Ellywick wrote:
Thanks for your post and the info! Glad you fared well and it seems like you were pretty prepared. Question, IF the storm had been worse around you (you mentioned waiting to see if the roof was going torn off or just torn branches), what would you have done? I know you can't prepare for everything, but didn't know if it seemed like your main floor was going to take damage if you had a lower level to go to or some plan in place.

Florida has a high water table. There are no basements, because they would constantly flood. We have several interior rooms in the house that have no windows and have at least two exterior concrete walls. I set one of those up as a shelter of last resort with water, tarps, blankets, lights, etc. If the roof had failed, we would have sheltered there as well as possible until the wind died down, then bugged out to better shelter. I honestly don't think we'd have had catastrophic failure for anything short of a Cat 5 going overhead, but I like fallback plans. Fortunately it was not something I had to test out.

raptor wrote:
Great write up and thanks sharing!
You mentioned the people getting crazy and even filchinh things from other people's carts.

That is a mixture of crazy and panic. It is actually IMO one of the real dangers. It seems to have gotten worse with the 24/7 news cycle. It is something to keep in mind pre-hurricane when interacting with people.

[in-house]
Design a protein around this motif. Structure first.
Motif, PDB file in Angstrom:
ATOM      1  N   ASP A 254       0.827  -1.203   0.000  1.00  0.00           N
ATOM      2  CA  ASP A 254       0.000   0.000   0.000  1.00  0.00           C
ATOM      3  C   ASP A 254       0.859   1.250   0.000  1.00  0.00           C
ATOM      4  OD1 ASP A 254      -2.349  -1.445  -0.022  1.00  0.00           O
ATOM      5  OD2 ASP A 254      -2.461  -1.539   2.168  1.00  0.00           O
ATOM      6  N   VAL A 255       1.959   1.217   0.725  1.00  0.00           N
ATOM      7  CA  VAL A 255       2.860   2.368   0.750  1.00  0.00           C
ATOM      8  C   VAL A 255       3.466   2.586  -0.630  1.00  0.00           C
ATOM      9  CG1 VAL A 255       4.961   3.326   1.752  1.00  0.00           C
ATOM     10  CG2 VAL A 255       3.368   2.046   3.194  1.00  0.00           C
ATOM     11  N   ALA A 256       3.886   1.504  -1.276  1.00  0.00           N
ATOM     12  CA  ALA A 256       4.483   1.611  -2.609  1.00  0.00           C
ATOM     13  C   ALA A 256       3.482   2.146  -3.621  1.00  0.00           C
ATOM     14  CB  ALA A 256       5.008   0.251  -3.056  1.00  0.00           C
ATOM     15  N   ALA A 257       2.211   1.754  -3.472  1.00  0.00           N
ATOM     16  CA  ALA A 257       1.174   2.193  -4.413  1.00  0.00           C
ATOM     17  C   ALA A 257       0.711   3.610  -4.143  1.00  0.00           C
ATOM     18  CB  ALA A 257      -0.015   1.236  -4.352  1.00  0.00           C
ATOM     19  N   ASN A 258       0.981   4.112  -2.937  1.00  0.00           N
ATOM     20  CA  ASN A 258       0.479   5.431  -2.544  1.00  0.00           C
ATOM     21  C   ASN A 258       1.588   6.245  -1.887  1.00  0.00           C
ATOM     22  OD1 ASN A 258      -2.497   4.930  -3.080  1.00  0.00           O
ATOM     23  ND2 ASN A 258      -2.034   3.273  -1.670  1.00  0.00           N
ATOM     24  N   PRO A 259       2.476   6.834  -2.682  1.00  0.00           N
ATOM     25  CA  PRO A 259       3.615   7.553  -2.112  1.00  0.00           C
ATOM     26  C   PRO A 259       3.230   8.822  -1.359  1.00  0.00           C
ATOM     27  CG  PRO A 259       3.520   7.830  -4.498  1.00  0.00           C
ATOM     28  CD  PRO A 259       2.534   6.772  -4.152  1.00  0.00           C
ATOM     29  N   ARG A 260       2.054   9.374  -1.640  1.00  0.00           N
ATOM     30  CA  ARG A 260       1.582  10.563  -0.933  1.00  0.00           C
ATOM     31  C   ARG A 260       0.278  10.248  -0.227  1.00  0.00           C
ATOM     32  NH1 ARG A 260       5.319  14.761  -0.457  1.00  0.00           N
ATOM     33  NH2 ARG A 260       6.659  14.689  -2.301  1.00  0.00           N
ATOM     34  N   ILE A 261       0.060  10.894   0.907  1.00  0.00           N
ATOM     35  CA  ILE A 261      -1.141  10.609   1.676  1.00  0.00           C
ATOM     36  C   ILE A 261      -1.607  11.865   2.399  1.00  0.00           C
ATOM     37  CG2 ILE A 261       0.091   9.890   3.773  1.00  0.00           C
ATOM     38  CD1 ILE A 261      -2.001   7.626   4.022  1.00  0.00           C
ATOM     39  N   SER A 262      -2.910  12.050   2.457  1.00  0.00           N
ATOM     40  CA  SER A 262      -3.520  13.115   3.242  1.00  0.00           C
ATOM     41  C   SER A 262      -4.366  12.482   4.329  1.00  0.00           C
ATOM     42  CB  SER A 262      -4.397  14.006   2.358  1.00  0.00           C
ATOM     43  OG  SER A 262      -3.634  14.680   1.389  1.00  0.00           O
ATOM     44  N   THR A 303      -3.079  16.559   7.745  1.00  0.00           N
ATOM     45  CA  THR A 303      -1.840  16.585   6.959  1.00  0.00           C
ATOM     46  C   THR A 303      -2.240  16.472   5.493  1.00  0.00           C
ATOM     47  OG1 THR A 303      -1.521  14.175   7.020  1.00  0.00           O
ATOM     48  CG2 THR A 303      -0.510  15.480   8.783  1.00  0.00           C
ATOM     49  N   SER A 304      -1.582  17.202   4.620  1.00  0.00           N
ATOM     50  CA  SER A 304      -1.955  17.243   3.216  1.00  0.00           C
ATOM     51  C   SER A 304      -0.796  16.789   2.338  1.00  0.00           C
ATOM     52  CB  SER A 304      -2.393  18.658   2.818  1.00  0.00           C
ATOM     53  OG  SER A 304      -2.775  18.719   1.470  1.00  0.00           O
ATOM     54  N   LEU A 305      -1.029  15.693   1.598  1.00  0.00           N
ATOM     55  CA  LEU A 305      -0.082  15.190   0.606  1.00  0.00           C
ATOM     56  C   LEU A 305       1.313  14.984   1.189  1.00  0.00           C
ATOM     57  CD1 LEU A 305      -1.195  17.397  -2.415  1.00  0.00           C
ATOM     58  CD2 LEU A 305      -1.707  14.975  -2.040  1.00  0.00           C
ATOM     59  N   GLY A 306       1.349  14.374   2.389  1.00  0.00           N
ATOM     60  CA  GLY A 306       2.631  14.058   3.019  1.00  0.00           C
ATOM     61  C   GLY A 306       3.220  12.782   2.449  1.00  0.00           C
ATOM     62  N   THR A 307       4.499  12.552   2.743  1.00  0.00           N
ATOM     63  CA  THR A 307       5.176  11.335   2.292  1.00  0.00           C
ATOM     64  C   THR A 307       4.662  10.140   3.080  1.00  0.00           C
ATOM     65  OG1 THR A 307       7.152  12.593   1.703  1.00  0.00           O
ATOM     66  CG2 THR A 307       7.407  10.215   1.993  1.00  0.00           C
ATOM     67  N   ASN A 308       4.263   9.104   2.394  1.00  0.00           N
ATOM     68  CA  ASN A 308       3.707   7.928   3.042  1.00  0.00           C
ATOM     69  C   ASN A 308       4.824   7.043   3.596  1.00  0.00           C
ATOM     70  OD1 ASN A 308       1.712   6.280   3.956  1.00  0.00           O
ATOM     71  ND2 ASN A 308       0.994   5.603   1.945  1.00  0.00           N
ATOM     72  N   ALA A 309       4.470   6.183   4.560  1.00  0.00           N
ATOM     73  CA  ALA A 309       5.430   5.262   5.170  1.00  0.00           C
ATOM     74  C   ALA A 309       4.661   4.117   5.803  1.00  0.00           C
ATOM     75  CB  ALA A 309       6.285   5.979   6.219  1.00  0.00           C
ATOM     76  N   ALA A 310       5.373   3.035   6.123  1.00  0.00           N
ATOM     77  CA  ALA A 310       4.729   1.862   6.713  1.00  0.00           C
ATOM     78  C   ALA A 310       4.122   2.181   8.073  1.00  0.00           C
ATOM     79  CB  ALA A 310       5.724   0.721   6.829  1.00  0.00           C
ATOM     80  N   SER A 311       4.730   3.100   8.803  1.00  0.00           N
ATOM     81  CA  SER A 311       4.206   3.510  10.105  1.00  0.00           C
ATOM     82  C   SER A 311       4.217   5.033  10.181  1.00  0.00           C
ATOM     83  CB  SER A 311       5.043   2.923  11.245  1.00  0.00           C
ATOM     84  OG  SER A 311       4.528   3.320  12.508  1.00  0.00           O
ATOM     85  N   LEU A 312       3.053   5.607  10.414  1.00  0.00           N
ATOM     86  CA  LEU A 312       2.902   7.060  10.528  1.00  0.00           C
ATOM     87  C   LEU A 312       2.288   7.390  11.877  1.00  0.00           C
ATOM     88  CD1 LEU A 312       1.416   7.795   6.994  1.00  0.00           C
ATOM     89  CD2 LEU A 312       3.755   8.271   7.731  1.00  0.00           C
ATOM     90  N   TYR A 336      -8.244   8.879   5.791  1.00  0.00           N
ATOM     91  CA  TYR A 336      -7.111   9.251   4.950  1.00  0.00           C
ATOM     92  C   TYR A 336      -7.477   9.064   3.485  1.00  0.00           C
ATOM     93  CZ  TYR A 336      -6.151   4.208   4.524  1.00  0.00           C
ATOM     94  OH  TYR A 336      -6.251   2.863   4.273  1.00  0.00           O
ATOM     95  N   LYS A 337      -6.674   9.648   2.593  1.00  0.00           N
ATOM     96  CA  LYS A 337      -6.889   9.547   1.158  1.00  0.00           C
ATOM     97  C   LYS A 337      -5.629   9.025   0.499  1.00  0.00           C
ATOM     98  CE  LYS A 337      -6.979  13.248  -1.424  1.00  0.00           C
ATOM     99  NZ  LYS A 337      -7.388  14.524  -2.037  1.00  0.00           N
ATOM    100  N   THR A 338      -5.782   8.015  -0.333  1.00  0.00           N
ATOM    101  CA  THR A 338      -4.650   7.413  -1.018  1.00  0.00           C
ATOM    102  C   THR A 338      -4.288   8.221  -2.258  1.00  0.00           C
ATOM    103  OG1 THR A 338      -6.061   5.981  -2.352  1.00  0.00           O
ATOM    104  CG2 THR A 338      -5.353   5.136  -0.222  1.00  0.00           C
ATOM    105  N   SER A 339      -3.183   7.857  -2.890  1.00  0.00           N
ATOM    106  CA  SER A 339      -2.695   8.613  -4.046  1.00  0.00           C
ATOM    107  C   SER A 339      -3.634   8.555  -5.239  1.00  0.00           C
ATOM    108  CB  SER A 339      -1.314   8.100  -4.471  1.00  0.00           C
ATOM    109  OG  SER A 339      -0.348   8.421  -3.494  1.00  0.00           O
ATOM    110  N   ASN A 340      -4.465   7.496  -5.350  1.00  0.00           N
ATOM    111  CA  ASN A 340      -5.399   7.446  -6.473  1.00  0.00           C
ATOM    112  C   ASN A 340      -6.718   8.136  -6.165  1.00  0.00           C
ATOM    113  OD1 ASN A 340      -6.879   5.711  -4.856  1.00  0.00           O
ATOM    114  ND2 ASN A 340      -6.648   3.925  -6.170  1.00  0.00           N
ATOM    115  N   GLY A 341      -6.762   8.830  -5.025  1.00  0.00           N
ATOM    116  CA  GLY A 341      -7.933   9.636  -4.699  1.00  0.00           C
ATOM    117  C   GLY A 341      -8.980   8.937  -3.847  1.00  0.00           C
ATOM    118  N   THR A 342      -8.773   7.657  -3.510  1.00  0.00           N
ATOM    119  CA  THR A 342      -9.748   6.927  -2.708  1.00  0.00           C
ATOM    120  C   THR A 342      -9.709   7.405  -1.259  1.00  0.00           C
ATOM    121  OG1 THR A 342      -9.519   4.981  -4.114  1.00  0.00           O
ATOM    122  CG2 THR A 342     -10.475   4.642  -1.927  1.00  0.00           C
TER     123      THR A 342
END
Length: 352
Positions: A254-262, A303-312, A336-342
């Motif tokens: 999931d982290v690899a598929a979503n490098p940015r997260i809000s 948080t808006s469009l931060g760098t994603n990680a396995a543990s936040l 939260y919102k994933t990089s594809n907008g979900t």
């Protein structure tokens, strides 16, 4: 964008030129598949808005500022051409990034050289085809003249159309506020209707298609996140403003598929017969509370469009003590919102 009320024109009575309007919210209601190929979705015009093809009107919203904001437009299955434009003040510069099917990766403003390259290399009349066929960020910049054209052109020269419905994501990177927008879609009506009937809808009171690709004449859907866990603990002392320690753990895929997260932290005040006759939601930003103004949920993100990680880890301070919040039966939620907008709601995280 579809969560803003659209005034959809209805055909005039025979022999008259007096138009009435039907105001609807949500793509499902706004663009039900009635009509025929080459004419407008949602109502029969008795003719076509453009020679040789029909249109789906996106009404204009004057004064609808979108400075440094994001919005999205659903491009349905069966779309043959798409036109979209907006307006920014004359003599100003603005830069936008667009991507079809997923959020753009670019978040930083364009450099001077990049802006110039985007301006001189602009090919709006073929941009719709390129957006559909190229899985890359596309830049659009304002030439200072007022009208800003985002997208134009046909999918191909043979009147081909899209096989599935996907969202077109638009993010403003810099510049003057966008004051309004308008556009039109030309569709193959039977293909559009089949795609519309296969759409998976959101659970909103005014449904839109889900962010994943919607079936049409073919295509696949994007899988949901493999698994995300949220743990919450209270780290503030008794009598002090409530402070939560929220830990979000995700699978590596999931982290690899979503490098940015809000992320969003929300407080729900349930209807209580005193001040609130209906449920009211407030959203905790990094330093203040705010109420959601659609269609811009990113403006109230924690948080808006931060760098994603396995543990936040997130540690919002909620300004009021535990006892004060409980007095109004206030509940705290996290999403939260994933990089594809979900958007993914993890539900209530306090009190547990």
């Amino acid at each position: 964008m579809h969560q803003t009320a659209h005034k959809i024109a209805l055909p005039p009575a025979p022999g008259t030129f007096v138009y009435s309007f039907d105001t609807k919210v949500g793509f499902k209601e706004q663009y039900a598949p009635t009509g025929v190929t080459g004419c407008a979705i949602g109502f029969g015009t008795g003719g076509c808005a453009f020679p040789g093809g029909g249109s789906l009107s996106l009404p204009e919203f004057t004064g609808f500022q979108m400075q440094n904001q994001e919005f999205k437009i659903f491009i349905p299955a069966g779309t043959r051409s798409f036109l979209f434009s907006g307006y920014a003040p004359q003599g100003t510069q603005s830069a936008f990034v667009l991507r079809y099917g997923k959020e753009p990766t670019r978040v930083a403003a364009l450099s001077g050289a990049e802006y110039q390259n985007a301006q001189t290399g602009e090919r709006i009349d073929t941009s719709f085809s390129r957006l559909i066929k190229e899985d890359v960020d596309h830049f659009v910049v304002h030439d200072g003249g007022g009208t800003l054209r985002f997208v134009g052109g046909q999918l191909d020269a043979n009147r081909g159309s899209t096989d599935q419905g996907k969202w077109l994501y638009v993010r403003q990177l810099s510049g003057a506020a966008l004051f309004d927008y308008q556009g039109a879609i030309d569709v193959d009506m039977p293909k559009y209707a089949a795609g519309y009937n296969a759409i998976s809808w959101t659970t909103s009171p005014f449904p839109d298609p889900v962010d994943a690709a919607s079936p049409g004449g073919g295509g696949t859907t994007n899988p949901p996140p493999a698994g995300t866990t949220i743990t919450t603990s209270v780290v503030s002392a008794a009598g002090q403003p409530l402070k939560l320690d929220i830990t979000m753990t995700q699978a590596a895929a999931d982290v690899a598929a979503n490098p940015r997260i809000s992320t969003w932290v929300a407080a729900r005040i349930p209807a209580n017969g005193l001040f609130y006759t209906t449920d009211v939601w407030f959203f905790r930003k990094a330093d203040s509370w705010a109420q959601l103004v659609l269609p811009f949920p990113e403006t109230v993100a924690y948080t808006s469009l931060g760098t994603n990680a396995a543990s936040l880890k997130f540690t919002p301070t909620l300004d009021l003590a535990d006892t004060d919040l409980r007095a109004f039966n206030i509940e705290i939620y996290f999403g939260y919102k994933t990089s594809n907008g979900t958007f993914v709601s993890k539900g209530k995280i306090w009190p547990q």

Unfortunately after the hurricane you get more crazy but it is a combination of desperation and crazy. Especially for those without power, the heat a post hurricane stress will pose different issues.

Thank you! Indeed, I know that fear sells and these news outlets (especially the national ones) thrive on all the eyeballs this puts on their ads, but I don't know if it is a net benefit for all the panic it causes. It's great when people think ahead and prepare for trouble, but not when they are willing to step on someone else for fear that they will miss out on the last (insert something here they don't normally bother with, but feel like they need one for a hurricane).

I heard one of my FL native friends tell me that hurricanes don't scare Floridians; until they remember that no power means no AC. :lol: